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Gregg Sobocinski




PostPosted: Wed 04 Sep, 2019 2:58 pm    Post subject:         Reply with quote

I was enthralled by this video! In particular, I appreciate seeing the most historically accurate shooting style using a realistic bow and arrow weight. I had never previously seen an archer match the posture of medieval paintings and tapestries until now. I also was interested to see the speed of his draw and release, as well as the resulting accuracy. Wow!

All of the historical specifications on the weapons and armor were great to see.

Much thanks for putting this together and sharing it.
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Roger Hooper




Location: Northern California
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PostPosted: Wed 04 Sep, 2019 3:23 pm    Post subject:         Reply with quote

Gregg Sobocinski wrote:
I was enthralled by this video! In particular, I appreciate seeing the most historically accurate shooting style using a realistic bow and arrow weight. I had never previously seen an archer match the posture of medieval paintings and tapestries until now. I also was interested to see the speed of his draw and release, as well as the resulting accuracy. Wow!

All of the historical specifications on the weapons and armor were great to see.

Much thanks for putting this together and sharing it.


Yes, I noticed that straight legged stance as well. I've seen medieval paintings with archers standing and shooting in that exact position.
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Henrik Zoltan Toth




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PostPosted: Thu 05 Sep, 2019 12:46 pm    Post subject:         Reply with quote

The best I've seen!
Average strength...Good Lord Big Grin

Question: could it happen by advancing troops that they got mostly sidehits?
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Randy Cieszynski




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PostPosted: Fri 06 Sep, 2019 6:33 am    Post subject:         Reply with quote

More videos please:)
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Chad Arnow
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PostPosted: Fri 06 Sep, 2019 7:26 am    Post subject:         Reply with quote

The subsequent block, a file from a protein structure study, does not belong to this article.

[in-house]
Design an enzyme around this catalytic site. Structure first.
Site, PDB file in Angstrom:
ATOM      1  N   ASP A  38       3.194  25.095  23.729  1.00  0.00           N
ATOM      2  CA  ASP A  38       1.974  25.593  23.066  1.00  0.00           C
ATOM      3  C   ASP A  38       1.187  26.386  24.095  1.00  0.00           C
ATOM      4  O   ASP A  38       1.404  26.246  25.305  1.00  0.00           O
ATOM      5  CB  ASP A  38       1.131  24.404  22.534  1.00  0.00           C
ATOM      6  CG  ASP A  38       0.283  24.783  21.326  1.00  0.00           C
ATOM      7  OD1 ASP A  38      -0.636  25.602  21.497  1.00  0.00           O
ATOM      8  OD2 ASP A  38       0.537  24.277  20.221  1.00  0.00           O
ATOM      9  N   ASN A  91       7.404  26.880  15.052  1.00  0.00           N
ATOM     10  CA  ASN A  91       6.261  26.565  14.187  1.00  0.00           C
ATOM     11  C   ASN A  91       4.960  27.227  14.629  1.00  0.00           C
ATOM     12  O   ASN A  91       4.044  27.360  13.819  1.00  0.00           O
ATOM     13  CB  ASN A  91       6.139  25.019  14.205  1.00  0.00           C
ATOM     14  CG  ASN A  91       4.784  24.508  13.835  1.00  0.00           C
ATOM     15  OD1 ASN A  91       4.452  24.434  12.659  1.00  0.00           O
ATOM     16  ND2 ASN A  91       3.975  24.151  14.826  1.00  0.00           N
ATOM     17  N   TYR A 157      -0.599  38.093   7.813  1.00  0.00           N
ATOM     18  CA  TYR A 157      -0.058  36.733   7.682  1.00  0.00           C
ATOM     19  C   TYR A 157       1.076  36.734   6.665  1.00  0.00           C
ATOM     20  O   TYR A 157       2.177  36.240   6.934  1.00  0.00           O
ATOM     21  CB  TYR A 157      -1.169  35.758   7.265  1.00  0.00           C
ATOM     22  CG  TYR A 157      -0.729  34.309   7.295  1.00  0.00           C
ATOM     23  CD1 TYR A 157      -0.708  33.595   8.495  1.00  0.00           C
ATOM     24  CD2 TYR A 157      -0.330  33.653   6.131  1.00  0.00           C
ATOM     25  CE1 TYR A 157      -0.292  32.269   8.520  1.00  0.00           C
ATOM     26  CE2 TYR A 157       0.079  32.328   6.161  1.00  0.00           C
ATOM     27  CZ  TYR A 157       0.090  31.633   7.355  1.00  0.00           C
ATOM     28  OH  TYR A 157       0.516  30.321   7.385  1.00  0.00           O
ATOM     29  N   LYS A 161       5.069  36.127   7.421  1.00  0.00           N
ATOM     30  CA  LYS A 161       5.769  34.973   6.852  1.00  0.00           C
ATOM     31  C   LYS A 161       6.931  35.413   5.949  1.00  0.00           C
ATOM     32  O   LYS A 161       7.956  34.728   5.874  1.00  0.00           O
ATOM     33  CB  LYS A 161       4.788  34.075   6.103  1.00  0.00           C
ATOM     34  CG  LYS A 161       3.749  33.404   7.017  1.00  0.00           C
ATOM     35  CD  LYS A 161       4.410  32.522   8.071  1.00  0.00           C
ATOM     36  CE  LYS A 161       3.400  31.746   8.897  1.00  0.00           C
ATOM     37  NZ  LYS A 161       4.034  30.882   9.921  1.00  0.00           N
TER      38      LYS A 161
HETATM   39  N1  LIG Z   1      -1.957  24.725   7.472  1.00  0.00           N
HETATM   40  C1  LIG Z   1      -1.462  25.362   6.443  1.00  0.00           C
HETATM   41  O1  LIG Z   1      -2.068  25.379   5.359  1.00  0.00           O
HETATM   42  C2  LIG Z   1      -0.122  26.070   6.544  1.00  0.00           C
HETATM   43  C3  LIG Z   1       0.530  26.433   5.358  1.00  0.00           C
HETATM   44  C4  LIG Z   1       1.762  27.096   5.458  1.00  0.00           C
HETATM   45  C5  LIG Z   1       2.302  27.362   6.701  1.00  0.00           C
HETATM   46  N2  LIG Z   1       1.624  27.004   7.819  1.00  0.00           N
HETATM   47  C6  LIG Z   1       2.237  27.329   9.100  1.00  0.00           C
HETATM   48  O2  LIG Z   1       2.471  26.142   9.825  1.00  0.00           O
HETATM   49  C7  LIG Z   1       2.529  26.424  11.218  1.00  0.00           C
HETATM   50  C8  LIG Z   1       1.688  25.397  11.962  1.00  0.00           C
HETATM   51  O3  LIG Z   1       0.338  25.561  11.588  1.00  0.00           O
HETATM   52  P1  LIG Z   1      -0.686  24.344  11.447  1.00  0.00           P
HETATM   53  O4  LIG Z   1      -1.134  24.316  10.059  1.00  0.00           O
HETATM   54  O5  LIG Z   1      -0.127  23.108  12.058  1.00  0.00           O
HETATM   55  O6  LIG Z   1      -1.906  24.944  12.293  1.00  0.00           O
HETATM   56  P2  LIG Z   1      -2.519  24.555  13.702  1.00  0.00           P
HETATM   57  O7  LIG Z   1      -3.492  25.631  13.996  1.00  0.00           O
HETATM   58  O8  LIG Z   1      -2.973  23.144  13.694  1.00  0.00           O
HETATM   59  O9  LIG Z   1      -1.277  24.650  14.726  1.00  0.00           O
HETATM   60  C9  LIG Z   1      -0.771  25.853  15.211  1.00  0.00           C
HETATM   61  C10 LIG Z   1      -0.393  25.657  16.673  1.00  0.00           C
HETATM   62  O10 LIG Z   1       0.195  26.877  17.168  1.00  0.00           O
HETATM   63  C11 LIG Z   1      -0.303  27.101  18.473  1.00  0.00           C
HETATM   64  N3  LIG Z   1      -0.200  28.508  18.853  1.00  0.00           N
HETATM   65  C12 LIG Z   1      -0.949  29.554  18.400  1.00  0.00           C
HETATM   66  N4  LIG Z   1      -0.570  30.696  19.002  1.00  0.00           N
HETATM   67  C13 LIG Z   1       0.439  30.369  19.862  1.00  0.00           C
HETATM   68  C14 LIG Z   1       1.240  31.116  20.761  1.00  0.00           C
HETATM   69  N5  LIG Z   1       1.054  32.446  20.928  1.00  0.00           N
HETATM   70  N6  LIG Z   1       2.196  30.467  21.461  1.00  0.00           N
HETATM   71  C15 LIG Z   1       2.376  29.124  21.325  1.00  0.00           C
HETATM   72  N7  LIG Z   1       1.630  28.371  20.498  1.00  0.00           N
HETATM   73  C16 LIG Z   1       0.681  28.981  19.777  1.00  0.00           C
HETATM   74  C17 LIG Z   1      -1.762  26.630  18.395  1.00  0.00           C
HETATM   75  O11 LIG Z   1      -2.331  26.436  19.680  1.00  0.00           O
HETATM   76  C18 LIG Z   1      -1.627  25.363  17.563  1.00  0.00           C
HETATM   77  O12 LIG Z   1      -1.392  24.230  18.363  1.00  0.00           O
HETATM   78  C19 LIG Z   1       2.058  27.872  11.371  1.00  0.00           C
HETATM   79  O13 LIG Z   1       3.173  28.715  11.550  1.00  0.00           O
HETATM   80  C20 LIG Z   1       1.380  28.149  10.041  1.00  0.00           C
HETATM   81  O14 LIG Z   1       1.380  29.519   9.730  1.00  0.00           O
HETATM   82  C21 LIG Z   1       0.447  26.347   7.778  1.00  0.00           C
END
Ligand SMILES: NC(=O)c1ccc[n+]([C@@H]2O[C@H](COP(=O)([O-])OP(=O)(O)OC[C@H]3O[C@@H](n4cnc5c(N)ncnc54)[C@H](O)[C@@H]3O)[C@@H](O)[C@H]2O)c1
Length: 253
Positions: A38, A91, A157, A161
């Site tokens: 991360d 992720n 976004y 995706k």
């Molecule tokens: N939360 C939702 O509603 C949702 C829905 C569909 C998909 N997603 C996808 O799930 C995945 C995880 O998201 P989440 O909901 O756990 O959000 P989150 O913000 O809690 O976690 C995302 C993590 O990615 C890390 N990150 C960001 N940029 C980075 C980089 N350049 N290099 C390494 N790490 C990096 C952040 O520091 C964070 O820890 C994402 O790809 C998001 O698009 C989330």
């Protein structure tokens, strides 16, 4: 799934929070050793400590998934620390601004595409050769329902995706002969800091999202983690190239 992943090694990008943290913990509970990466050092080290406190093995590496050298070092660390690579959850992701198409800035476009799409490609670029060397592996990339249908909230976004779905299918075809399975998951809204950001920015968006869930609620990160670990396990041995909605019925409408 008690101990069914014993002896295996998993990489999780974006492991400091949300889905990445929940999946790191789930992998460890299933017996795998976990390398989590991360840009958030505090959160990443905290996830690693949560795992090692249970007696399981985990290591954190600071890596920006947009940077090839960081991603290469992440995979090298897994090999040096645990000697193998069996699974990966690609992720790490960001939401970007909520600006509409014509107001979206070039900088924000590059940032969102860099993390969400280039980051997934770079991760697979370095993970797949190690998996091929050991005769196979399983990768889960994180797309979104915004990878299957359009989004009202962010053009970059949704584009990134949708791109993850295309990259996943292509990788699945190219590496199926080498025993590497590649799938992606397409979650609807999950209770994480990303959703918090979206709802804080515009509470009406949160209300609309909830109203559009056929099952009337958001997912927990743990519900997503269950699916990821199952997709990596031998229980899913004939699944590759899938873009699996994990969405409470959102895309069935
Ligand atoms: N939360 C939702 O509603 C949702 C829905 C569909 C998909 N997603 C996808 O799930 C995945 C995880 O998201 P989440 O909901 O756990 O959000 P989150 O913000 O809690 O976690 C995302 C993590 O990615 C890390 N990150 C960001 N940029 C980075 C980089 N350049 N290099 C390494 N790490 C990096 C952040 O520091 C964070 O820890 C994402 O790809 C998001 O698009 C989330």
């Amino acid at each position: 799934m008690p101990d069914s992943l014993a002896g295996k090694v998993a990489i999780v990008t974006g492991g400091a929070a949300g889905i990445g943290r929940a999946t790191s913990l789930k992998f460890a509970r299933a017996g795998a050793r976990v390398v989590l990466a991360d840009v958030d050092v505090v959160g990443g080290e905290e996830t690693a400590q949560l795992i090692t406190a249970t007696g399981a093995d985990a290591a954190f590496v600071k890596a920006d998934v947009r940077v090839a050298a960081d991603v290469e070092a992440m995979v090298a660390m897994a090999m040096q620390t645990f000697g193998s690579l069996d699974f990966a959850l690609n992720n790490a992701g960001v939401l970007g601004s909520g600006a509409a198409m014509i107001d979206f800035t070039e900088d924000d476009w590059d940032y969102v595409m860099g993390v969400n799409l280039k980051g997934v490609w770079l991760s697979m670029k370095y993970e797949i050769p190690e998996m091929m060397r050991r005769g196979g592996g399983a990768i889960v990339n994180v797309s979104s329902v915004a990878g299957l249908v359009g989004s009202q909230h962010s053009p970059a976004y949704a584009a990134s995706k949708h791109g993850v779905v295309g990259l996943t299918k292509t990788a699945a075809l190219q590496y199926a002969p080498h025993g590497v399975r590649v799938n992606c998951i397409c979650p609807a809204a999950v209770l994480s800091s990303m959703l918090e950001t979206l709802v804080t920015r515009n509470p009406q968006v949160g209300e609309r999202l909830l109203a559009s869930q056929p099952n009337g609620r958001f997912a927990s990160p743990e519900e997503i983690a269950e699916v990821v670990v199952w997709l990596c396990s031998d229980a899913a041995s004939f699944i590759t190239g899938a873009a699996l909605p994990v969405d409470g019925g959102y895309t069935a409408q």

Henrik Zoltan Toth wrote:
The best I've seen!
Average strength...Good Lord Big Grin

Question: could it happen by advancing troops that they got mostly sidehits?


Maybe. There's been some debate about placement of archers in some English HYW battles. Having more on the wings (slightly curving ahead of the center) than in the center can serve 2 purposes: 1) it may concentrate the front lines, driving them to your men at arms in the center, and 2) it will expose more vulnerable spots (people's sides) as they close the range.

Happy

ChadA

http://chadarnow.com/
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Matthew Stagmer
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Location: Maryland, USA
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PostPosted: Sat 07 Sep, 2019 4:02 pm    Post subject:         Reply with quote

Well done to the whole team! Super professional video and great editing!
I am truly loving the videos that you are putting out !

Matthew Stagmer
Maker of custom and production weaponry
Youtube.com/ThatWorks
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Leo Todeschini
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PostPosted: Tue 10 Sep, 2019 12:36 am    Post subject:         Reply with quote

Matthew Stagmer wrote
Quote:
Well done to the whole team! Super professional video and great editing!
I am truly loving the videos that you are putting out !


Thanks Matthew, thats very kind and great words from yourself - we appreciate it.

I suppose my 'secret' is just to tell it as I see it and when I don't know - say so. The editing and and direction of this film and quite a few of my others is by my old friend Mike Chernett, a very talented and multi-talented guy.

Tod

www.todsworkshop.com
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Sean Manning




Location: Austria
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PostPosted: Fri 08 Nov, 2019 11:42 am    Post subject:         Reply with quote

Thanks so much for doing this project! I hope that it pays off for some of the people involved (and people you acknowledge like Tasha Kelly Mele). We are in a world now where half a dozen friends can put together and distribute a professional-quality documentary.

Could you give a little bit of information about the doublet? From the closeups in the video on the armour, it looks like you made it out of a layer of blue ?moleskin?, three layers of something canvasy, and a layer of some finer unbleached linen or hemp cloth, but I don't know if it is quilted, pad-stitched, etc. That sounds pretty reasonable given what we know about how heavy were doublets and pourpoints.

Edit: And am I right that the mail was the usual clumsily riveted, stomped-flat kind from India and Pakistan?

(from 6:57 in Find out more - The Armour)

I hope it will silence the "archers as machine-gunners on the Somme" school of thought, but John Keegan's Face of Battle and Anne Curry's translation of all the 15th century stories of the battle should have done that too. The thing with combined arms is that defending yourself against one threat (wearing your strongest white armour with the visor down and a full haubergeon underneath and advancing on foot) exposes you to another (entering lance-play tired and out of breath).

www.bookandsword.com
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